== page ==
- The works were required to put the aircraft in the condition required for leasing to JetBlue, which was incorporated into the court's calculation of the correct sale price. The works were a condition of the lease, on which the sale depended; the claimants could not claim both a credit for the increased price and an additional amount reflecting the works that were done to put the aircraft in the condition required.(8)
While Alpstream raises important questions about the level of intention required on the part of a defendant in unlawful means torts, the case also serves as a useful reminder of the factors that financiers must be aware of in default scenarios:
- The mortgagee has an increased duty to the mortgagor when there are connected sales (from a reasonableness standard to one where best endeavours are required).
- The burden of proof is reversed in the context of a sale to a connected person.
- An auction in the circumstances of a potential connected sale, while appearing to be transparent, must be run in a fashion that achieves the best obtainable price, which may include specific targeting of potential purchasers and targeted follow-up of persons that have expressed an interest.
- The limiting to wilful misconduct of claims that are actionable against the mortgagee arising under the underlying mortgage or other transaction documents may serve to limit claims arising under economic torts from third parties.
- It is reasonable for a mortgagee to arrange for maintenance work to put an aircraft into the redelivery condition required under the underlying lease documents (even if the works do not add value to the aircraft) and additional maintenance work that is reasonable in the context of a sale and onward leasing of the aircraft.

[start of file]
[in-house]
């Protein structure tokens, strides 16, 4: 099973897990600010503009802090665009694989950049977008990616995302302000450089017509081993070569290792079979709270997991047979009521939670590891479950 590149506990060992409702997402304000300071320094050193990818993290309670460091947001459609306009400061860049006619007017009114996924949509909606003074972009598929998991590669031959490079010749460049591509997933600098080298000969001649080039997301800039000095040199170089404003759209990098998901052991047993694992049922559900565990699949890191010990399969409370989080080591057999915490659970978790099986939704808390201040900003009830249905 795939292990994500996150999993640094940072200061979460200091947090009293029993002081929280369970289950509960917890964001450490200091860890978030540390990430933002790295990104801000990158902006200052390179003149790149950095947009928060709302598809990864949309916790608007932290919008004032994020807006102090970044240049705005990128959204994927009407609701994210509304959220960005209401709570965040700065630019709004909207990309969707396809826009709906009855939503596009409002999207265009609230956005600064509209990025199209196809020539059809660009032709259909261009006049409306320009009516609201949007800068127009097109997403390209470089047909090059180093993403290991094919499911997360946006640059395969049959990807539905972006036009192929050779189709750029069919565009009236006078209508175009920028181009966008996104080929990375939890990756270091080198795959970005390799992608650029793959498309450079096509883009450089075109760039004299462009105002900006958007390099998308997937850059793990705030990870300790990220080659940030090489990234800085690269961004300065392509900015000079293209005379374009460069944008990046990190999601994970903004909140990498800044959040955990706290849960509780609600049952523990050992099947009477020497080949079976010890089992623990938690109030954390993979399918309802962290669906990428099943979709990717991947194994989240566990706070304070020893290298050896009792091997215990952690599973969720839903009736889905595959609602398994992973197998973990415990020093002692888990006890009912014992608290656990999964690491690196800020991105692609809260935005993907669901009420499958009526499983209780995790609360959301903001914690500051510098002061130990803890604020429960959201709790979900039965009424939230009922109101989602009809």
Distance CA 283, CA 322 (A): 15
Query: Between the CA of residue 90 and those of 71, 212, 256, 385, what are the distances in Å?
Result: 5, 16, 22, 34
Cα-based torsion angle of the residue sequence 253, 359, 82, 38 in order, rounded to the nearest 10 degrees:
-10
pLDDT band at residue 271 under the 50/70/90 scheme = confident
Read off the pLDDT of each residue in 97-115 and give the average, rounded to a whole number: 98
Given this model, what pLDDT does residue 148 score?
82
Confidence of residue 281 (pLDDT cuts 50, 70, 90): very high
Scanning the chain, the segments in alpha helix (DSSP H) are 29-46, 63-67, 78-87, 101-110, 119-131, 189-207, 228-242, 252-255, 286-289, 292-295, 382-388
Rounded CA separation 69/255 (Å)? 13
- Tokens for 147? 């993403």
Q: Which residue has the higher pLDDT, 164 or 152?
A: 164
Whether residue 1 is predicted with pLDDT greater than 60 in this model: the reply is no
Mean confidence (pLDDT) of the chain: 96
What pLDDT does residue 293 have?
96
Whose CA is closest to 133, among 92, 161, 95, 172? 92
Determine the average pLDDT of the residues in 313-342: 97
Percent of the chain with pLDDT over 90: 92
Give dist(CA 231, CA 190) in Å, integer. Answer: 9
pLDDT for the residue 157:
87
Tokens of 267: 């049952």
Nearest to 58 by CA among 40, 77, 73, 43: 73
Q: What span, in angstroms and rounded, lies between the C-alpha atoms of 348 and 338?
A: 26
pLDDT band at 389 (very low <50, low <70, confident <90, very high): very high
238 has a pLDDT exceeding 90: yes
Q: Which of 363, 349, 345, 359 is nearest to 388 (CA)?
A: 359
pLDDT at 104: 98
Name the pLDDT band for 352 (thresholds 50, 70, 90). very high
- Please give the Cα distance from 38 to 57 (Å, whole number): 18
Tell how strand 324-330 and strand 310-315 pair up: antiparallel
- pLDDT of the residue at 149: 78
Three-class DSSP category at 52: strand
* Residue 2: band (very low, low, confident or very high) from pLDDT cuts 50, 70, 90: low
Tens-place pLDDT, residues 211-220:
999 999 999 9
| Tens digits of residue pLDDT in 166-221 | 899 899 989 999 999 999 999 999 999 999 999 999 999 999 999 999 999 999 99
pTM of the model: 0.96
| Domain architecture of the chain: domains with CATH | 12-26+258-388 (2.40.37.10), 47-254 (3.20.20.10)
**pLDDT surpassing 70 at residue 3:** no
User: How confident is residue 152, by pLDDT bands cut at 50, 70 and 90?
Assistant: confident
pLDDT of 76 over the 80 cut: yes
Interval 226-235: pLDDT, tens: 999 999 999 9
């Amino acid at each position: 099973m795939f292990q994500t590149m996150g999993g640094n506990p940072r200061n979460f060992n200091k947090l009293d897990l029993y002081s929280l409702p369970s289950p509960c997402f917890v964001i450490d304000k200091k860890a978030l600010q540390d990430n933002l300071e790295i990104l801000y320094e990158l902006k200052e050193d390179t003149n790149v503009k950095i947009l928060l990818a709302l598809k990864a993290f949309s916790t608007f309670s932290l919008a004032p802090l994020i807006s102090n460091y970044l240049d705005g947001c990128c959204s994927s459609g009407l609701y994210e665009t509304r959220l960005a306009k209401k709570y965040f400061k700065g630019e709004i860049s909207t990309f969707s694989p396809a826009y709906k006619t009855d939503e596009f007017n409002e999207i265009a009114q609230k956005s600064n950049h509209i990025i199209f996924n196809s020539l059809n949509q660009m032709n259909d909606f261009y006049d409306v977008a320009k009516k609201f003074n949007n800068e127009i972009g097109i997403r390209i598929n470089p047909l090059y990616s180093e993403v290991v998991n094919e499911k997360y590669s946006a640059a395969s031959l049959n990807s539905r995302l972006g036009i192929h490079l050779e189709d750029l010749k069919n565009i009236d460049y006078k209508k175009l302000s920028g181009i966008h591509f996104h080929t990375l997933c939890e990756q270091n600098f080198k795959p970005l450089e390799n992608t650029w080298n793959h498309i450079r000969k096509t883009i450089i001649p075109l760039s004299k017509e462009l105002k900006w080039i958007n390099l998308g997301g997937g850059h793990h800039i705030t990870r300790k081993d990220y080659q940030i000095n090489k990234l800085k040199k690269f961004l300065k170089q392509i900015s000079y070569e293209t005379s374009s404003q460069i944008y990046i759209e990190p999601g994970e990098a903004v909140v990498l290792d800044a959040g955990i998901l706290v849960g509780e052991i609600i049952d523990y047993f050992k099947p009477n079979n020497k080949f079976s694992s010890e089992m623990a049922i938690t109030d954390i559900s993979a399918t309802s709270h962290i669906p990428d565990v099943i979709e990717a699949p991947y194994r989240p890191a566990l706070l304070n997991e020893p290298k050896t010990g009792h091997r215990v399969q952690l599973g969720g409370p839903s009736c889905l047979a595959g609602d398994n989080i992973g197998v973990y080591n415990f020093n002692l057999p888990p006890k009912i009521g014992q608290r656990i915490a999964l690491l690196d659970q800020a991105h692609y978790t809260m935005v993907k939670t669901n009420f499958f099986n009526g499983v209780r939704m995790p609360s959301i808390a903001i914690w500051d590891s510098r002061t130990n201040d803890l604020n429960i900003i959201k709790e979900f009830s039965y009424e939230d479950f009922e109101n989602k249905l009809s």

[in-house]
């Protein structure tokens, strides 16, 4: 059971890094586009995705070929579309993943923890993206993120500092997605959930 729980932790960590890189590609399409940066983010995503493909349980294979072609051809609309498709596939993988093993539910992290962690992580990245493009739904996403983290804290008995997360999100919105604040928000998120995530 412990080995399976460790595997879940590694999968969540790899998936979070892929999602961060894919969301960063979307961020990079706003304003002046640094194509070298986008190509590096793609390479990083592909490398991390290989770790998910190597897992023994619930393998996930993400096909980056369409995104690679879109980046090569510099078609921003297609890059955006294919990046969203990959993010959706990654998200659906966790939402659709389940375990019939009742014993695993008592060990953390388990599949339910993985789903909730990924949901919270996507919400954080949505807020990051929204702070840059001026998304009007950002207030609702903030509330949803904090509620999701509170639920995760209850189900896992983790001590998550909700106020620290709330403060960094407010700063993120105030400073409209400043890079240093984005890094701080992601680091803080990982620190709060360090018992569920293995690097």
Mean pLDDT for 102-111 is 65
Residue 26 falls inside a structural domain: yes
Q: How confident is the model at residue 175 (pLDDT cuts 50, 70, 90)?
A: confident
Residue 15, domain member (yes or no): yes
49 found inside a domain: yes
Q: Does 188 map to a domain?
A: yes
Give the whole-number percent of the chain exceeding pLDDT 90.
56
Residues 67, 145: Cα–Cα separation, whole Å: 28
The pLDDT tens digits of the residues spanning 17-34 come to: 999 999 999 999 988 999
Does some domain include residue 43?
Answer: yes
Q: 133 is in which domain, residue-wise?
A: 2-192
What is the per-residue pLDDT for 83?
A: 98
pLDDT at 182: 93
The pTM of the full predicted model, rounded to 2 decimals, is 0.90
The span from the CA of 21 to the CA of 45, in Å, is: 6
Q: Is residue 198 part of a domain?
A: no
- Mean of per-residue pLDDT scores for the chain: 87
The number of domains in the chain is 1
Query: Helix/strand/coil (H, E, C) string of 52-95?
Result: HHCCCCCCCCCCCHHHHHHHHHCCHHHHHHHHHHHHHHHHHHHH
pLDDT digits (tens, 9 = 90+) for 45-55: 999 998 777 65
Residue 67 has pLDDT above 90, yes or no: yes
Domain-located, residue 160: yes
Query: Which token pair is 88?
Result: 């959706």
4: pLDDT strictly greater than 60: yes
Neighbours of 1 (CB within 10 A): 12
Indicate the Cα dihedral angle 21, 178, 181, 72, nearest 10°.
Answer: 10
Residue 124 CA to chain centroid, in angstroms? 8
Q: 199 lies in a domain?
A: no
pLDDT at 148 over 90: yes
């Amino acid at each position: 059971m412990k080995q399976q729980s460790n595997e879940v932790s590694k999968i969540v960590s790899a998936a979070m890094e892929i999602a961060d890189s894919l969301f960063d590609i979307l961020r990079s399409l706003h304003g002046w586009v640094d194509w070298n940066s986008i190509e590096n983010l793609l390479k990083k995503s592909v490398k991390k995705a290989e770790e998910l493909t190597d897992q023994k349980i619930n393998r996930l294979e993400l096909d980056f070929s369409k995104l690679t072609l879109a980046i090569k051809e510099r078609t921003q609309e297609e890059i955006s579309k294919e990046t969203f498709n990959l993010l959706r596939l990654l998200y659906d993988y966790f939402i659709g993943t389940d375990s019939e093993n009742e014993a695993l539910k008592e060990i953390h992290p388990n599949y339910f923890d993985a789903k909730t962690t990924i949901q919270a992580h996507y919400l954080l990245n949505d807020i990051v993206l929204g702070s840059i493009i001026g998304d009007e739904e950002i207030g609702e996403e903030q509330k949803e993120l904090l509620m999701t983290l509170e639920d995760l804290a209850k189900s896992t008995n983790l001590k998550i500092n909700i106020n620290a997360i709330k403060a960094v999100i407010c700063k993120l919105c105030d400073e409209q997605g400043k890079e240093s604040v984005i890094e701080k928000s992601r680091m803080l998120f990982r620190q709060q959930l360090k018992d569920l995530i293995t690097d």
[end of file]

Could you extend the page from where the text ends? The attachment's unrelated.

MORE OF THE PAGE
For further information on this topic please contact John Pearson at Vedder Price by telephone (+44 20 3440 4680), fax (+44 20 3440 4681) or email (email@example.com). The Vedder Price website can be accessed at www.vedderprice.com.
(1) Alpstream AG v PK Airfinance Sarl  EWHC 2370 (Comm).
(2) OBG Ltd v Allan; Douglas v Hello! Ltd (No 3); Mainstream Properties Ltd v Young  UKHL 21.
(3) Because the debt provided to Alpstream under the financing arrangements was significantly higher than the value of the aircraft, Alpstream was unable to show economic loss.
(4) McHugh v Union Bank of Canada  AC 299.
(5) Cuckmere Brick Co v Mutual Finance  CH 949.
(6) Tse Kwong Lam v Wong Chit Sen  1 WLR 1349, PC.
(7) However, the court also noted that older cases suggest otherwise (eg, Torquay Hotel Co Ltd v Cousins  2 CH 106 and Merkur Island Shipping v Laughton  2 AC 570).
(8) However, the court found that GECAS had used new turbine blades when it was perfectly possible to use reconditioned blades in the engines, given that the aircraft were on the ground and there was no urgency in repairing the aircraft. The mortgage account was increased by the difference in the price paid for the new blades and the price of reconditioned blades.